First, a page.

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Increasing velocity to market with micro-fulfillment

Averitt VP of distribution and fulfillment discusses micro-fulfillment and other trends impacting shippers

Getting products to their end destination as fast as possible has always been a top goal of shippers. Over the past five years especially, businesses have had a greater incentive to hasten speed to market. While e-commerce sales ballooned during the pandemic in 2020 due to consumers staying home and buying online, it continues to flourish now. In 2022, e-commerce sales surpassed $1 trillion in the U.S.

Ed Smith, VP of distribution and fulfillment at Averitt, sat down with FreightWaves’ Michael Baudendistel and Grace Sharkey to share some of the trends he’s noticing when it comes to micro-fulfillment and nearshoring, inventory levels and consumer spending, as well as how Averitt is staying agile for its customers through technology and continued growth.

Micro-fulfillment and nearshoring

Micro-fulfillment centers are key in accommodating growing volumes and expectations of quicker service. These facilities are strategically located close to end consumers to expedite services and reduce transportation costs.

With over 50 years in the business, Averitt is deeply versed in freight transportation and supply chain management. Recognizing its customers’ increasing need for faster deliveries, around five years ago Averitt stepped in to begin expanding its distribution and fulfillment network as a natural maturation of its less-than-truckload capabilities, which includes micro-fulfillment.

In addition to its main facilities in Dallas; Houston; Memphis and Nashville, Tennessee; Louisville, Kentucky; Atlanta and Savannah, Georgia; and Charleston, North Carolina, Averitt’s Distribution and Fulfillment Centers extend across the Gulf and East coasts to get products into the hands of consumers as quickly as possible. Paired with Averitt’s other main verticals — LTL, truckload, dedicated, integrated and global solutions — the transportation and logistics provider offers a wide scope of services.

“We’ve got the infrastructure in place to grab [your] goods off the port, bring them into the warehouse/distribution model and send them wherever you need to,” Smith said.

Like micro-fulfillment, nearshoring has become an increasingly attractive strategy for shippers to provide a tighter grip on overall transportation and logistics, as well as control costs, Smith noted.

Averitt is well positioned to be a shipper’s single provider for cross-border logistics capabilities and a gamut of services including port-to-distribution center transport, distribution and fulfillment services, truckload, LTL, and final-mile transport. 

“From an international scope, Averitt, having all the facilities we have, strategically placed through that Southeast, gives [customers] an option to bring these goods in and for us to be able to handle it from A to Z, everything they could possibly need,” Smith added.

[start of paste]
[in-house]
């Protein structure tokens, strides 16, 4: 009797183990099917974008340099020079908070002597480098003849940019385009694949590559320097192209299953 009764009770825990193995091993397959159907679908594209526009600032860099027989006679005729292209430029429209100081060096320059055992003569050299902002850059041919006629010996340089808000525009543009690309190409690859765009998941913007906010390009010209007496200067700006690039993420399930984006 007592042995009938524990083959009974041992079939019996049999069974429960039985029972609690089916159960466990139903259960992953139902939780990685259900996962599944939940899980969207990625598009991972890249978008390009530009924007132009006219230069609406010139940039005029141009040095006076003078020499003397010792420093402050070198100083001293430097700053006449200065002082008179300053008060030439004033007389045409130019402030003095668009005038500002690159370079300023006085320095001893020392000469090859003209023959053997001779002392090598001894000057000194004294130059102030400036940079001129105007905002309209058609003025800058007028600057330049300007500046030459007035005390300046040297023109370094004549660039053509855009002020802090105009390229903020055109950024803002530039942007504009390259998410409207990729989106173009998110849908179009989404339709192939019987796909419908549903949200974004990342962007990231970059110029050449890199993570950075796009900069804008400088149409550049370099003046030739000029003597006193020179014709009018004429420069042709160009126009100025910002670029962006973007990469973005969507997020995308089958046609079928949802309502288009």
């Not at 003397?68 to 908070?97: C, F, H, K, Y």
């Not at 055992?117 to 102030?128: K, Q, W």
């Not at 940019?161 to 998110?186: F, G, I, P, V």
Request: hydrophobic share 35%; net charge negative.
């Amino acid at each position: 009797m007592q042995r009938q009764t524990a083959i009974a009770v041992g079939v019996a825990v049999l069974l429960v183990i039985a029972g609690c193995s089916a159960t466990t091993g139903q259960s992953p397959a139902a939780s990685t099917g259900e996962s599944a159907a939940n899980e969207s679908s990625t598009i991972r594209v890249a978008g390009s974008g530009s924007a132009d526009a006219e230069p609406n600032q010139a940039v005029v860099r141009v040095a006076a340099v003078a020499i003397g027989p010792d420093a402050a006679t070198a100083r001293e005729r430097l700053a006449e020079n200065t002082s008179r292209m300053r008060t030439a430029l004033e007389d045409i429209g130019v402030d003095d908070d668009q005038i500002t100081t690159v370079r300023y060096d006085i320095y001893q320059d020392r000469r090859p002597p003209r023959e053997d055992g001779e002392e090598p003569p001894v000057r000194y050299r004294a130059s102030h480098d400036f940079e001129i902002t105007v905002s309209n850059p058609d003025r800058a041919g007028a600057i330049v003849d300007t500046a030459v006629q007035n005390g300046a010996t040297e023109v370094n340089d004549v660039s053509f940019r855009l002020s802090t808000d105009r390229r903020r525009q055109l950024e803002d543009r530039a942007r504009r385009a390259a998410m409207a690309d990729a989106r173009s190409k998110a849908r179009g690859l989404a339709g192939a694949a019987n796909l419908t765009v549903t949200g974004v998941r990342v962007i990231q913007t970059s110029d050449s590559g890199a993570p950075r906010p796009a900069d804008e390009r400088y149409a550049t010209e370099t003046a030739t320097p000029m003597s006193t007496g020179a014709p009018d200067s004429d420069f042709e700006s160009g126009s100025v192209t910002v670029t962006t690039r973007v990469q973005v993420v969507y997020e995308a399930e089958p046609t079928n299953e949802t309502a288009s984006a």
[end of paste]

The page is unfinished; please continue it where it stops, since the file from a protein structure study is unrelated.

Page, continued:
Inventory levels and consumer spending

While consumer spending has changed post-COVID, with discretionary items tending to sit more, Smith noted that necessity and small parcel inventory levels continue to flow.

“The one thing everyone’s looking at right now, and what we hear from the ports and cargo owners and retailers is everyone had a mini-peak season from an ocean standpoint, where they bumped up a little bit but they’re not over-ordering and over-allocating inventories just in case,” Smith said.

Looking ahead to peak season, it’s still unclear how consumers will react. Retailers want to see what consumer spend looks like from now until Black Friday, and what it looks like from Black Friday to Christmas, Smith said. This will provide a better gauge of what the market will look like post-Chinese New Year.

Technology and growth ahead

Data powers the decisions necessary to adapt to changing markets. This is why Averitt is focused on its key performance metrics and labor analytics, and business intelligence using AI to drive efficiencies and provide a better customer experience.

“Artificial intelligence is going to get bigger and bigger from a business standpoint. … From a business aspect, the more data we can capture on our platform that actually helps us understand where our costs lie, where our savings lie, what our customers are looking for, all of that turns to just an easier way to quote, understand and react to the ever-changing and quickly changing markets,” Smith explained.

As for growth, Averitt continues to expand its geographical locations based on customer needs and invest in those markets, especially in pockets of the Southeast.

“We are heavily looking at what looks like the best trend for us, and that’s based on years and years of experience, not just the 53 years in the LTL and transportation world, but also in the dedicated, integrated, international and now in the distribution platform,” Smith said.

To learn more about Averitt, click here.

Jenny Glasscock

Prior to joining FreightWaves, Jenny worked as a staff writer at a weekly newspaper and later as a safety assistant at a trucking company. She now enjoys a combination of both her interests as a FreightWaves sponsored content writer. She received her B.A. in English Publishing Studies from Illinois State University in 2018 and currently lives in Marengo, Illinois.